After bouts of long or hard exercise lasting sixty minutes or more, the body’s stores of muscle and liver glycogen can become depleted. This can significantly effect performance, as the body’s main fuel for exercise is glucose, and the body stores glucose in the form of glycogen. Run out of glycogen and you run out of gas. So naturally, one would want to replace the lost glycogen before the next workout. This is done by consuming carbohydrates, which are then broken down into glucose and are stored as glycogen. The problem is that it can take 48 to 72 hours to replenish glycogen stores, unless you know a little secret. Sports scientists have recently discovered a small window of time where glycogen can be quickly absorbed by the muscle tissue. Fifteen to forty-five minutes after exercise one should consume a “healthy” portion of simple carbohydrates (not complex) mixed with a little protein in a 6 to 1 ratio. Miss this window and you will have to wait a few days to feel at your best.
Does this mean that you should gobble down sports bars and electrolyte drinks? Not if you want to be optimally fueled. The best choice for a post workout re-fueling is a good old fashioned smoothie. Not your chain-store variety with boosts of this and that, served in a styrofoam cup and so cold that you get brain freeze, but the kind that you make at home with fresh fruits and seeds. Fruits are composed of three main ingredients, water, sugar and fiber. The water is a no brainer, we need it post exercise. The sugar is a mixture of glucose and fructose, and the fiber is a mixture of insoluble and soluble. Fiber is a necessary component in that it regulates the entry of sugar into the bloodstream, preventing an insulin spike. Turn a fresh orange into orange juice (by removing the fiber) and suddenly it jumps way up on the glycemic index. Earlier I mentioned that the body stores glucose as glycogen, so what does the body do with the fructose contained in fruit? Well, the liver also contains stored glycogen, but these stores are different in that they are created mainly from fructose and not glucose. The protein component of the smoothie can come from a very high quality seed such as hemp, which has a complete amino acid profile, and also supplies EFA’s (essential fatty acids). The addition of dulse flakes (kelp works as well), makes sure that you are replacing the electrolytes and minerals lost through sweat, without consuming large quantities of inorganic salt.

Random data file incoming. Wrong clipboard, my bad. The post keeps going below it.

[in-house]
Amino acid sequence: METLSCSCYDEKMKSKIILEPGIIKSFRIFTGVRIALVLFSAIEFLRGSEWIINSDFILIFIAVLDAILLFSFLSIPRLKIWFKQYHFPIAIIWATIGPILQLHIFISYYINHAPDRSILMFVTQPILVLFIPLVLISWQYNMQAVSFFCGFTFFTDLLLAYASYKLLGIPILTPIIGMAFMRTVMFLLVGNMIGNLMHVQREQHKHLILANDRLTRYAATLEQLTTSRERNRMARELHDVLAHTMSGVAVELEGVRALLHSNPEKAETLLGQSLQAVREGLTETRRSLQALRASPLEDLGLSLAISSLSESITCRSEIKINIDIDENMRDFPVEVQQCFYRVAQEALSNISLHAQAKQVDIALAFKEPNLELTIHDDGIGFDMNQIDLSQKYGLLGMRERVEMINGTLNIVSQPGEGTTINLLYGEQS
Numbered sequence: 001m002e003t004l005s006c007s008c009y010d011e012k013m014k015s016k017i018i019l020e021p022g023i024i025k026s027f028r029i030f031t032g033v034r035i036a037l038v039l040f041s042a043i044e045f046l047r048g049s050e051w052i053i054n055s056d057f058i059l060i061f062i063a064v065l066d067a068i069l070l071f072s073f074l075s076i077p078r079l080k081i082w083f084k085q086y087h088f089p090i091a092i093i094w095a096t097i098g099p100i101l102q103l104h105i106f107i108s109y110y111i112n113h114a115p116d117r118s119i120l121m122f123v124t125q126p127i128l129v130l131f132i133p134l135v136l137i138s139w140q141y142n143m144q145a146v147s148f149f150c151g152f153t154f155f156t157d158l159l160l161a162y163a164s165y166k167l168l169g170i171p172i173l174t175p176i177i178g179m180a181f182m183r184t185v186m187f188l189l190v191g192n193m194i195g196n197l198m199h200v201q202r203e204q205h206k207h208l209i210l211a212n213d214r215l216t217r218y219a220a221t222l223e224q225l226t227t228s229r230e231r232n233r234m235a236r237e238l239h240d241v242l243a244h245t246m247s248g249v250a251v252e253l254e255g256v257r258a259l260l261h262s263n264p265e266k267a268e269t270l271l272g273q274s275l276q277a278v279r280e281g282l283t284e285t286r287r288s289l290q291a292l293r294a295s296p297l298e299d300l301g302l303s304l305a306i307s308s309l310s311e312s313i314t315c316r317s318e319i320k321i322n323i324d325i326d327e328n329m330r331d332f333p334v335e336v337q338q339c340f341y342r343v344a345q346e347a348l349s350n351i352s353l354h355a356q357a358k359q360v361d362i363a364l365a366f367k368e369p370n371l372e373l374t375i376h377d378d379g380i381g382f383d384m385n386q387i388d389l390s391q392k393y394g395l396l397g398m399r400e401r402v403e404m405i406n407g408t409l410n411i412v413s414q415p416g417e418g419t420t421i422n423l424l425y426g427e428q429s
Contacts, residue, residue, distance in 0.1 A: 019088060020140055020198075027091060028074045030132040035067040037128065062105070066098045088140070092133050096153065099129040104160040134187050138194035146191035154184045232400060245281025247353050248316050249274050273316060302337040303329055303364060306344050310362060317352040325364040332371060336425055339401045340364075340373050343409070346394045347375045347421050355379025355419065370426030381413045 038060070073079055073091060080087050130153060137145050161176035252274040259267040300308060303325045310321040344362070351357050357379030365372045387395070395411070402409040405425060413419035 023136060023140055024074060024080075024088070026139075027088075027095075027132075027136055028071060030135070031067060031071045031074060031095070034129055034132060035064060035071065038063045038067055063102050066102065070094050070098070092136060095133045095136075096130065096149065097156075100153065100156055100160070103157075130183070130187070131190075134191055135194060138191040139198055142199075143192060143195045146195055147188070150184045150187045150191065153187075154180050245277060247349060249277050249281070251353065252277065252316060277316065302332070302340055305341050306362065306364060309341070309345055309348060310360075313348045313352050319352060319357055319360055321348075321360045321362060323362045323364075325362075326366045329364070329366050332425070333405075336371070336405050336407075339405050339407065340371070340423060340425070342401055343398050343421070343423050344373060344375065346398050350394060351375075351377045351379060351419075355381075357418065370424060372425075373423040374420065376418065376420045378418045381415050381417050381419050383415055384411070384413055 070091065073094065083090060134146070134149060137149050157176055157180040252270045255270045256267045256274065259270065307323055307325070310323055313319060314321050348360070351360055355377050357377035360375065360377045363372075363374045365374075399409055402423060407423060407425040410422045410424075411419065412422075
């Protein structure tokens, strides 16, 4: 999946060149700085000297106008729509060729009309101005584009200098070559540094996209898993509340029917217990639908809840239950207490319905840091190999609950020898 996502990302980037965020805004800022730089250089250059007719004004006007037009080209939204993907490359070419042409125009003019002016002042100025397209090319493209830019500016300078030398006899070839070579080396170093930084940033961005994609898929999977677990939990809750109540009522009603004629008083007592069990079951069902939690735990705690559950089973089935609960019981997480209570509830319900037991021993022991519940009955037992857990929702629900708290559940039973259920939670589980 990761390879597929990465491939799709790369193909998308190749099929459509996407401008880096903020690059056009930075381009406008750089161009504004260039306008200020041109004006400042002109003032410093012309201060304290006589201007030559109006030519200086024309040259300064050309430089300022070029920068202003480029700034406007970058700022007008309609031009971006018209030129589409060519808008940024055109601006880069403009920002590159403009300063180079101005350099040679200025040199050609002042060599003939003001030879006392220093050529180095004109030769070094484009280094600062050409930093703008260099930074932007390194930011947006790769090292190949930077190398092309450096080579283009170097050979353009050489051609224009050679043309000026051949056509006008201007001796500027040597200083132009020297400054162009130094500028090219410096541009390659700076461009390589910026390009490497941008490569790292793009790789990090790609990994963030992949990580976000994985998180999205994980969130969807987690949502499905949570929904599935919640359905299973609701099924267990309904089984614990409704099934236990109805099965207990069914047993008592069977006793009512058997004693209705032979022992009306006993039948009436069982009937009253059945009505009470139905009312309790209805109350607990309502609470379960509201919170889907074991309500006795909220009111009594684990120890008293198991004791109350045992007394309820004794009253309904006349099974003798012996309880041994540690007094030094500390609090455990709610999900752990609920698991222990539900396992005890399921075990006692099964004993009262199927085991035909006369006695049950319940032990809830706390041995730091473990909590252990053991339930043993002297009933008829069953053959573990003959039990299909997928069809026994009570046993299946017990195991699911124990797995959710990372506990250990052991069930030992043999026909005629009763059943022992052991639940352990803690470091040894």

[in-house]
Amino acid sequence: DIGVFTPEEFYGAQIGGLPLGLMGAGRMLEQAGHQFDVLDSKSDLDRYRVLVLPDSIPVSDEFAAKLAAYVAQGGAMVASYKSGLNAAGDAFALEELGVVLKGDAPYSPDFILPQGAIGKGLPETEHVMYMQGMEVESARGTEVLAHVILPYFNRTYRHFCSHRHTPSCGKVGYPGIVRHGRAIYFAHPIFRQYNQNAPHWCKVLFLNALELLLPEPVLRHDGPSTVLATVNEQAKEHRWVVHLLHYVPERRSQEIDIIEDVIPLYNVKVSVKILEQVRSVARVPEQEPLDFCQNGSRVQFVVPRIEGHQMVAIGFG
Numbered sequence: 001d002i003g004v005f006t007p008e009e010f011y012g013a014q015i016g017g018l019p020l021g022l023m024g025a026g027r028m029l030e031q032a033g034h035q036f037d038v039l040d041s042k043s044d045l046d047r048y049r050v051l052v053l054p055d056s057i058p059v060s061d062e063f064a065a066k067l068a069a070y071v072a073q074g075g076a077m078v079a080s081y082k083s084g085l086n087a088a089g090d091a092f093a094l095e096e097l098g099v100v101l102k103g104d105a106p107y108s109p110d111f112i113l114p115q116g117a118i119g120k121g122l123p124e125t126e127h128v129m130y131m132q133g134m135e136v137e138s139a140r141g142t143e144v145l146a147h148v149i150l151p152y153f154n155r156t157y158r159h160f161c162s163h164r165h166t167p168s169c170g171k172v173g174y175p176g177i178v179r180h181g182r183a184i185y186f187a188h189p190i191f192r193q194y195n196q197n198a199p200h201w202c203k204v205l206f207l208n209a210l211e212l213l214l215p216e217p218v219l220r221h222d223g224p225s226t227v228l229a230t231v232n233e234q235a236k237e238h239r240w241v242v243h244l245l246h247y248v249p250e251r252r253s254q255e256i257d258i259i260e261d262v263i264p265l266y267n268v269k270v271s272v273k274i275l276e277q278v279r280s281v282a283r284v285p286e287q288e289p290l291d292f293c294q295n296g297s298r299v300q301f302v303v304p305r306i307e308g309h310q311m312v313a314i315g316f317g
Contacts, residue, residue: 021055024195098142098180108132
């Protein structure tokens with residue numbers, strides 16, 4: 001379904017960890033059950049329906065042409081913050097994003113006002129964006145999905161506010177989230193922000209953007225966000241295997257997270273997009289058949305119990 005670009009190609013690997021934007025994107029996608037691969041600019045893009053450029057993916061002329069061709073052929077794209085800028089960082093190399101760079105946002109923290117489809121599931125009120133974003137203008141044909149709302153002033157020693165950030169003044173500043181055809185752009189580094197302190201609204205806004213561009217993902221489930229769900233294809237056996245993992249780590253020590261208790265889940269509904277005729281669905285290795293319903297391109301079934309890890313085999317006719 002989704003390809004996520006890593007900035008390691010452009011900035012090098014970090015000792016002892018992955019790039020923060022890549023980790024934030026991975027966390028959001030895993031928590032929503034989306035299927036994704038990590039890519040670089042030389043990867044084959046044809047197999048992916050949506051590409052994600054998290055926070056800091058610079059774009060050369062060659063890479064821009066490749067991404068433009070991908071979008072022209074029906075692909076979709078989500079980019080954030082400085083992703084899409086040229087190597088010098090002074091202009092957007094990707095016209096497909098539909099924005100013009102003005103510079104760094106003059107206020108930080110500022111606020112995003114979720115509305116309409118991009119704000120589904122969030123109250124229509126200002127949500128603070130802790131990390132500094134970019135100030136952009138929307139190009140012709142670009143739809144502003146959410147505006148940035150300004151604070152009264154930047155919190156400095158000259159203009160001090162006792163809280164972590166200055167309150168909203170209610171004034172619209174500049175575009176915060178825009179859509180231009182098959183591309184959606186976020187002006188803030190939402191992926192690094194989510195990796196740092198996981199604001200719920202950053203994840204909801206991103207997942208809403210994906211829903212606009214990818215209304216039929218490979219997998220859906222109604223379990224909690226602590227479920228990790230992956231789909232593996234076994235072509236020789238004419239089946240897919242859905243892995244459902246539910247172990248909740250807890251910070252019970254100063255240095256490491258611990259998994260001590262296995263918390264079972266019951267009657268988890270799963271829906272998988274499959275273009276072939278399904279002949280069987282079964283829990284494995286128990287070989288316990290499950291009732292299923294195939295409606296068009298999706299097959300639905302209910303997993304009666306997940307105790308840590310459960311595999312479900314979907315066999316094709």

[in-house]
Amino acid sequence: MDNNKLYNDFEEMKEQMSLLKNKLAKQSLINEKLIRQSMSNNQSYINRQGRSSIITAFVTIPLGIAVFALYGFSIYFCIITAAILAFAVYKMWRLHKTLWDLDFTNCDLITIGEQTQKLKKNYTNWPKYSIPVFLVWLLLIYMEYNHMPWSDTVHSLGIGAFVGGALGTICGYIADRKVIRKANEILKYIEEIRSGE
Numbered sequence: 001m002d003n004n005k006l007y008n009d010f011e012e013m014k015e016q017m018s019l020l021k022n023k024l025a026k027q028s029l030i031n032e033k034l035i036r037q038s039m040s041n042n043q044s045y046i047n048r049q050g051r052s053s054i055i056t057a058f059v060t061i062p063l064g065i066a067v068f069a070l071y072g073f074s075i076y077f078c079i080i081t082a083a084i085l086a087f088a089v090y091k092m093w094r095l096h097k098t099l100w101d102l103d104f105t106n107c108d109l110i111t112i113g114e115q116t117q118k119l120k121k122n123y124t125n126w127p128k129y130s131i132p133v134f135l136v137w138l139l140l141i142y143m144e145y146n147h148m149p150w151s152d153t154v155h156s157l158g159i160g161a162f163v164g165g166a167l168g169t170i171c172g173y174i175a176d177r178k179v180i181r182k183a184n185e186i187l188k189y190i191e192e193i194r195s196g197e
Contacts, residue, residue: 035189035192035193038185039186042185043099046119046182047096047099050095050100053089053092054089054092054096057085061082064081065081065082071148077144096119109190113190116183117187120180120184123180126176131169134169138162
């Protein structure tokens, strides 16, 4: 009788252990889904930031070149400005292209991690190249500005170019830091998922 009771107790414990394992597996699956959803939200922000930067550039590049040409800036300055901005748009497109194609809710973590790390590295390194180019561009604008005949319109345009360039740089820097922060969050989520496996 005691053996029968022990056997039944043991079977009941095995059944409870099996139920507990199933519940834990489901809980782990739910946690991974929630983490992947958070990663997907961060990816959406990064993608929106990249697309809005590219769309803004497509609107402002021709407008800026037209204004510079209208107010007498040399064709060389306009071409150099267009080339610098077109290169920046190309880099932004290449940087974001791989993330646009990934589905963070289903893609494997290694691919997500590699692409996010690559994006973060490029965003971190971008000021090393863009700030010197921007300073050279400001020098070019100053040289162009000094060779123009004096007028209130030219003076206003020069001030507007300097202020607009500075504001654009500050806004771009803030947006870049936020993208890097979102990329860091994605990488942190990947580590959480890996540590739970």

My personal favorite organic smoothie recipe:
2 ripe bananas
6 large dates
2 tablespoons Nutiva hemp seeds
1 tablespoon flax seeds
1 tablespoon dulse flakes
1 dash cinnamon
2 cups filtered water